Nose goes: A glimpse inside Pitt’s surveillance testing program

Pitt%27s+outdoor+COVID-19+testing+site+is+located+outside+Posvar+Hall.

Wu Caiyi | Senior Staff Photographer

Pitt's outdoor COVID-19 testing site is located outside Posvar Hall.

By Elise Roessner, Staff Writer

For Hannah Vorndran, a sophomore molecular biology major, taking a COVID-19 test as part of Pitt’s surveillance testing program was quick and painless.

“The entire process for taking the test only took between five to 10 minutes” Vordran said. “It was really easy.”

Vorndran is one of the roughly 2,200 students Pitt has tested thus far as part of its surveillance testing program. This program includes randomly selecting students living on and off campus for self-conducted COVID-19 testing. According to Pitt spokesperson Pat McMahon, Pitt expects to continue to test about 400 to 500 students per week as the University moves into phase two of its surveillance testing program. Pitt officials said they are testing about 10% of incoming students who are not experiencing symptoms of COVID-19.

Pitt moved to the second phase of surveillance testing starting on Sept. 2, where tests are administered to students without symptoms on Mondays and Wednesdays. In the first phase of the testing strategy, tests were administered for two consecutive days every two days as students moved back to Oakland.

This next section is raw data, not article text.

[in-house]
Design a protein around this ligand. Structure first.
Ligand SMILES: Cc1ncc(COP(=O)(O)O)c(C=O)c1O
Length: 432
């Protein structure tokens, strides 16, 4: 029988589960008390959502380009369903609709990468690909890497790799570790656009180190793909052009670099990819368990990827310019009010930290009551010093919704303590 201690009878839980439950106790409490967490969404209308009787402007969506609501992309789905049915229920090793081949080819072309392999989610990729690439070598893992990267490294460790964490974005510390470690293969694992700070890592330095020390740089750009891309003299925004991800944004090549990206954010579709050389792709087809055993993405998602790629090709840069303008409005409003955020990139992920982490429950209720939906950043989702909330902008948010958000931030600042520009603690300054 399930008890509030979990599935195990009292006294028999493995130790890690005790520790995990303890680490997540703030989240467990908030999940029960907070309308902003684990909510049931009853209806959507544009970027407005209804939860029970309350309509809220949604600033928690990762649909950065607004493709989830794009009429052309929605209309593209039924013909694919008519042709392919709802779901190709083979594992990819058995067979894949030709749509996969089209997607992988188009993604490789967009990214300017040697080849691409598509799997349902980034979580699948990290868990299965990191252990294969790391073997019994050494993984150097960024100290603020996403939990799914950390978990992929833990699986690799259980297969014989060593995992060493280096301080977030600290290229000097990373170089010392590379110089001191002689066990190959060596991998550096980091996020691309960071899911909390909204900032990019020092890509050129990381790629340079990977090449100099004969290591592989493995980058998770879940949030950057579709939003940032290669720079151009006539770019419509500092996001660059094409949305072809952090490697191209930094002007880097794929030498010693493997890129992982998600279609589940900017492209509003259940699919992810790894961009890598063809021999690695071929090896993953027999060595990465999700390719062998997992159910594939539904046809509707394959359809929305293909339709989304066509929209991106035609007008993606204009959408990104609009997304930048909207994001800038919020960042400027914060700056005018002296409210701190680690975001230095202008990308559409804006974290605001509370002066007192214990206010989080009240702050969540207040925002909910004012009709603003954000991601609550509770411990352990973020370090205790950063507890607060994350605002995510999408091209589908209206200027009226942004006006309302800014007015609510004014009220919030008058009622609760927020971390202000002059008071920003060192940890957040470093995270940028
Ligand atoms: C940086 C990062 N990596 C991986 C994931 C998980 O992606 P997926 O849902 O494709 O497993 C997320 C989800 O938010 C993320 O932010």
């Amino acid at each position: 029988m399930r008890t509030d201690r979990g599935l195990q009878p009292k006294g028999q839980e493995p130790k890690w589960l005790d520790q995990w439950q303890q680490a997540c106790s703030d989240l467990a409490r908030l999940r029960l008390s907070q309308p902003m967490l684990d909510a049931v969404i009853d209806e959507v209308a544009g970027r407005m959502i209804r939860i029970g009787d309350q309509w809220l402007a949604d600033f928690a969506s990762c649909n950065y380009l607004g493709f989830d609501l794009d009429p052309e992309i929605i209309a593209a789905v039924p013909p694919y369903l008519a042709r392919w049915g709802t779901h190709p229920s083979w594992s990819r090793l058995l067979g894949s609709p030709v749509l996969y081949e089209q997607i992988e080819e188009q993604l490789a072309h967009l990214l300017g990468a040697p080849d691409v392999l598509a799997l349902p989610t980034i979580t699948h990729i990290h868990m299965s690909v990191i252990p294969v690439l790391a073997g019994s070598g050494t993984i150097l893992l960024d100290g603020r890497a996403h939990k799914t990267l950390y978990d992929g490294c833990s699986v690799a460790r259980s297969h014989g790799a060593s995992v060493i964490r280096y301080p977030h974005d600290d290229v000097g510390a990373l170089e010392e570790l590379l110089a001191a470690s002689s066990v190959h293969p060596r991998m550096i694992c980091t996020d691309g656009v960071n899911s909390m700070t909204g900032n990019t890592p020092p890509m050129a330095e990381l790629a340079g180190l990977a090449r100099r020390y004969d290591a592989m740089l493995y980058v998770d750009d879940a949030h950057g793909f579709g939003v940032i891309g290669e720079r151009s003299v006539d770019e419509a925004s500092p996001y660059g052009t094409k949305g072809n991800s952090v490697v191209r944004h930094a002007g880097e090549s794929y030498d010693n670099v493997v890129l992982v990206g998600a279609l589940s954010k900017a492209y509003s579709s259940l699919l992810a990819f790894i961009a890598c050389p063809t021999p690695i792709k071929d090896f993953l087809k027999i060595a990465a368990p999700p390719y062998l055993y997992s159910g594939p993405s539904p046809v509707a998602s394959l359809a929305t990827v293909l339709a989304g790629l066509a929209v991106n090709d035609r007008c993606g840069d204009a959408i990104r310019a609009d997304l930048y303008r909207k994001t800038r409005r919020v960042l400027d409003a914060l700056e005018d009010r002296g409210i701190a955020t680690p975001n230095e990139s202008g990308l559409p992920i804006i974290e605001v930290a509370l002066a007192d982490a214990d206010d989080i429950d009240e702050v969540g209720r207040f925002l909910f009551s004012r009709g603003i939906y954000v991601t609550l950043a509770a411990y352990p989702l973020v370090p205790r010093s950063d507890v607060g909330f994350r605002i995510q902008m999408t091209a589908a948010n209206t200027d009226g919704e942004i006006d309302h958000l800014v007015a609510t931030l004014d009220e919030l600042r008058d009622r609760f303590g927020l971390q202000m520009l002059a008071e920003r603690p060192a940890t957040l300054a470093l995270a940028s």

Since the start of the testing strategy, the University has tested 2,210 students without symptoms and identified eight positive cases. Pitt’s total prevalence rate rose to 0.36% on Friday, which is a slight increase from the 0.31% prevalence rate reported last Monday. Pitt added 33 new COVID-19 cases on Friday, composed of 32 students and 1 employee, with a total of 128 students and 27 employees testing positive since June 26. Around 80% of all active positive cases are students who live off campus.

McMahon said Pitt will not increase the number of students chosen for testing now that the phased arrival period of students to the University has ended. He said the program remains “statistically adequate” in identifying the number of asymptomatic cases among the student population, and that students who have been tested once are not added back into the selection pool.

The University notifies students who have been selected by email and provides an online calendar where students can choose a date and time to be tested. McMahon said participation in the surveillance testing program is voluntary but the University has attempted to make the process as “easy and convenient as possible.” 

“It is one way students can help to protect themselves and those on campus, including and especially those who may be more vulnerable to COVID-19,” McMahon said. “Members of the communities that surround our campuses also depend on students for their health.”

McMahon said 90% of students who signed up for testing on the University’s website showed up to their scheduled appointment on Aug. 29 and Sept. 2, but that those who do not show up for their scheduled testing time face no consequences.

“Participation in surveillance testing — while voluntary — is extremely important,” McMahon said. “It is one way students can help to protect themselves and those on campus, including and especially those who may be more vulnerable to COVID-19.”